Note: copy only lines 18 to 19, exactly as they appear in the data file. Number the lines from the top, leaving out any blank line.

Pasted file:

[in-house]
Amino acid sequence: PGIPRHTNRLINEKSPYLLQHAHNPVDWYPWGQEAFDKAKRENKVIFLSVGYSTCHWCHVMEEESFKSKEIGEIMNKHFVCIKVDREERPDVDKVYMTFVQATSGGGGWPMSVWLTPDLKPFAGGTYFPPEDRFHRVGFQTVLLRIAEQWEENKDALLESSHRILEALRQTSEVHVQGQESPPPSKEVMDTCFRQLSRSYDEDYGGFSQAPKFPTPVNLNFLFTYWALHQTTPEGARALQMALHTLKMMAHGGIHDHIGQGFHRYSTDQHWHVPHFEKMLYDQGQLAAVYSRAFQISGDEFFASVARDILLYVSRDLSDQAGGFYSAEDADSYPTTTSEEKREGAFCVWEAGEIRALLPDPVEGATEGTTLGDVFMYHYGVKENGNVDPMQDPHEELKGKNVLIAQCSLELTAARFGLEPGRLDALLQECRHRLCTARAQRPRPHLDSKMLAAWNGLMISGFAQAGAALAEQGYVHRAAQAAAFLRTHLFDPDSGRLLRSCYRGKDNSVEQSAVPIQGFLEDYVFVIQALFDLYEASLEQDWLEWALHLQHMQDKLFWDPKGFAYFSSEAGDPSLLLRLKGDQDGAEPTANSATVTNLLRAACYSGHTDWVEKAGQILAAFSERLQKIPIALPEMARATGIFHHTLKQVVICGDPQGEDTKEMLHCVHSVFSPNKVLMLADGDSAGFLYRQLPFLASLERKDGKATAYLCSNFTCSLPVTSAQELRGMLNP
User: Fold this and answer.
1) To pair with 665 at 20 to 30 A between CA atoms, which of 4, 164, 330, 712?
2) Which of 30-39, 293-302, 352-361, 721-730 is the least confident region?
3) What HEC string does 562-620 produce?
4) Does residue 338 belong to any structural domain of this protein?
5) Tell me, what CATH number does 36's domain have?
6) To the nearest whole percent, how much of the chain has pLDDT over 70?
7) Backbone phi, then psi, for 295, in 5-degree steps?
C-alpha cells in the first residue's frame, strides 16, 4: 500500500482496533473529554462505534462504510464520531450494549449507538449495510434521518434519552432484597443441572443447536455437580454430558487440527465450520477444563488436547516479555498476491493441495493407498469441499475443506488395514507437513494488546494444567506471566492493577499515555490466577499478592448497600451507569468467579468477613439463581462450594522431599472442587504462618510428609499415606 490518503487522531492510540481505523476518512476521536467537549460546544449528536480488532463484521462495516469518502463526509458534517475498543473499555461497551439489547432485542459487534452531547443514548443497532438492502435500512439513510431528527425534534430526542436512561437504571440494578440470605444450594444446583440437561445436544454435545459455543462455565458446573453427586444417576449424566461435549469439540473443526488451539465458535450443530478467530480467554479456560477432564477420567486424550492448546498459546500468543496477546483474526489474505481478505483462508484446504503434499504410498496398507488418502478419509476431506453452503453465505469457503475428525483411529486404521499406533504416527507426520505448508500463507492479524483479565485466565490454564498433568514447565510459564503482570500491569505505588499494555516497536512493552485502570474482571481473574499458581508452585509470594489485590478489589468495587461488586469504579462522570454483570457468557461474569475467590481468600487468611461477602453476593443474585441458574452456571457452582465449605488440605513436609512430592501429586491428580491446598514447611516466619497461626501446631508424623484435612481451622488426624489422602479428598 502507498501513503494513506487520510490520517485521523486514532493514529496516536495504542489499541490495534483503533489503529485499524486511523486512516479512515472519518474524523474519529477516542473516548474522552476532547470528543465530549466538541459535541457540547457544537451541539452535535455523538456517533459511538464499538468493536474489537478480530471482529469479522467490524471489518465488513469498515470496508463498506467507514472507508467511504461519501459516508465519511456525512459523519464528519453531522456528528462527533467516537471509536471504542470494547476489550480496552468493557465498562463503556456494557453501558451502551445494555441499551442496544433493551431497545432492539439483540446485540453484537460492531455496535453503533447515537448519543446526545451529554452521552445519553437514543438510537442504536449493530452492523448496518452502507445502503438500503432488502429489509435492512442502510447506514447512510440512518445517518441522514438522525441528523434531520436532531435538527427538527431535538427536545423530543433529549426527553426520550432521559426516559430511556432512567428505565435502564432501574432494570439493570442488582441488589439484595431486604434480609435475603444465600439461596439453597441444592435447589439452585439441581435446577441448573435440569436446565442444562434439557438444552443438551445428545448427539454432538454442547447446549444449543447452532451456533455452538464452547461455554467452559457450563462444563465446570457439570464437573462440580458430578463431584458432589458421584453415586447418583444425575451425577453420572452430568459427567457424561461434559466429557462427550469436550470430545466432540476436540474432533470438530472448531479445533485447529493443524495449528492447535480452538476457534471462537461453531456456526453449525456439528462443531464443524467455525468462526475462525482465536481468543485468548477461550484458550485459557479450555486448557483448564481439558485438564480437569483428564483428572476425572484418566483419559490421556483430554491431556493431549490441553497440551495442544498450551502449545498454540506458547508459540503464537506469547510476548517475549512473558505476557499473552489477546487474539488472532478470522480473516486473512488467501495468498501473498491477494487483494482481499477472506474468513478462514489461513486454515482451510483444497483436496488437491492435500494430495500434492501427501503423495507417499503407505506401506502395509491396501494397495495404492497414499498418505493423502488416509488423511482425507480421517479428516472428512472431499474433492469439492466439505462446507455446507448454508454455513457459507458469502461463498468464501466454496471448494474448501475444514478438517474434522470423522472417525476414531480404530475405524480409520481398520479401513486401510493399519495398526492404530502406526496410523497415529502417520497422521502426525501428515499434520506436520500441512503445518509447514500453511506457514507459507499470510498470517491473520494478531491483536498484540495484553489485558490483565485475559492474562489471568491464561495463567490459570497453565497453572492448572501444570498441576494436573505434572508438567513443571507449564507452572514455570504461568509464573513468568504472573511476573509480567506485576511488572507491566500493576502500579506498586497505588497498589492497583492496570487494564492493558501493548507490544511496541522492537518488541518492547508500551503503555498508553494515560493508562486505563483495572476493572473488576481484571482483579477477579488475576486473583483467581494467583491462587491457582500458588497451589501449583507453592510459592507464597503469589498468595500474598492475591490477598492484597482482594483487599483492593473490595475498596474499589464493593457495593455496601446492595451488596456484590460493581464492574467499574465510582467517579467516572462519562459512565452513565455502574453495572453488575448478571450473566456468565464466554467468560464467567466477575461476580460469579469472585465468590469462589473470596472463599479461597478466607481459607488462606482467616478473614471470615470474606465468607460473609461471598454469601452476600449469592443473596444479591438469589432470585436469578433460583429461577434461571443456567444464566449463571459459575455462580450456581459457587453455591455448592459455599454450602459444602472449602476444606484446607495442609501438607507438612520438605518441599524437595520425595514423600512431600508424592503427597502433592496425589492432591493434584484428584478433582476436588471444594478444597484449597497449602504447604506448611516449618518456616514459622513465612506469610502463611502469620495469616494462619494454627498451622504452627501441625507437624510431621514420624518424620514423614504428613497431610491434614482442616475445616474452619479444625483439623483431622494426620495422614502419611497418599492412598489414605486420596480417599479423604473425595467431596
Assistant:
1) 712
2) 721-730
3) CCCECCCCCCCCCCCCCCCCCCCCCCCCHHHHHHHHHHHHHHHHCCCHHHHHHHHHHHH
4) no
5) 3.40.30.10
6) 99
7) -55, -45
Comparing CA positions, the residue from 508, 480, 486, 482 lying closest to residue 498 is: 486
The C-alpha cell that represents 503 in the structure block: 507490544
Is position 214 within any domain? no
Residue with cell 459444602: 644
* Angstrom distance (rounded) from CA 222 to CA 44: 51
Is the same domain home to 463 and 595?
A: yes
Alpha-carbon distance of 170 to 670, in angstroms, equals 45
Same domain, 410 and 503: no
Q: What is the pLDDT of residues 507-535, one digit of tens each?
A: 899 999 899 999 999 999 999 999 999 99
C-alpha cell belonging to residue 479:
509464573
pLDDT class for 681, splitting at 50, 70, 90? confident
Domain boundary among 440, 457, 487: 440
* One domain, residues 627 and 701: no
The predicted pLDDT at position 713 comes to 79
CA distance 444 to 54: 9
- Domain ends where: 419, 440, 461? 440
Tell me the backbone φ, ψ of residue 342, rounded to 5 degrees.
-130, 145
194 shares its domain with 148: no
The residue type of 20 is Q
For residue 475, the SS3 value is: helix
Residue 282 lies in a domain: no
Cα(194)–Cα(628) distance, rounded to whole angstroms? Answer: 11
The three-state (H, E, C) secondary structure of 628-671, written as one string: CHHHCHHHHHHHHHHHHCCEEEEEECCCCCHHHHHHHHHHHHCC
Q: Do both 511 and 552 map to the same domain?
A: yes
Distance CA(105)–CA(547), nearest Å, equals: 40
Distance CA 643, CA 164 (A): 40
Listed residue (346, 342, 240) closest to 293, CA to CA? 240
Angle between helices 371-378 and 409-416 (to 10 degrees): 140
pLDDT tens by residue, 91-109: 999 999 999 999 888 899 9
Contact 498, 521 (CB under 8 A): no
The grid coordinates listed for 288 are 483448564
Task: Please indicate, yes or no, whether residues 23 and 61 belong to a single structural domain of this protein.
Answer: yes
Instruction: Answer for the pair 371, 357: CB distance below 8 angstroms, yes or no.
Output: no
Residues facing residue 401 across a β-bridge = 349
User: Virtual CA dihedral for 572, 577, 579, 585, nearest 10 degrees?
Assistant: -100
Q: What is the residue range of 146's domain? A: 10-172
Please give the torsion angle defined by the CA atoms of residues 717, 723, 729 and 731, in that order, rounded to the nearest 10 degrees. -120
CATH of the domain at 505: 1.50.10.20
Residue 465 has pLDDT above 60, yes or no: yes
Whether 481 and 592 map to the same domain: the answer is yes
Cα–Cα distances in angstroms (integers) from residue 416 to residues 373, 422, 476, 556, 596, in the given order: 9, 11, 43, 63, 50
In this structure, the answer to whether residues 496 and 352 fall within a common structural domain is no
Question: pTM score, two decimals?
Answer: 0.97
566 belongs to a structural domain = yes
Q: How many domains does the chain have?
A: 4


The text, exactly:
6) 99
7) -55, -45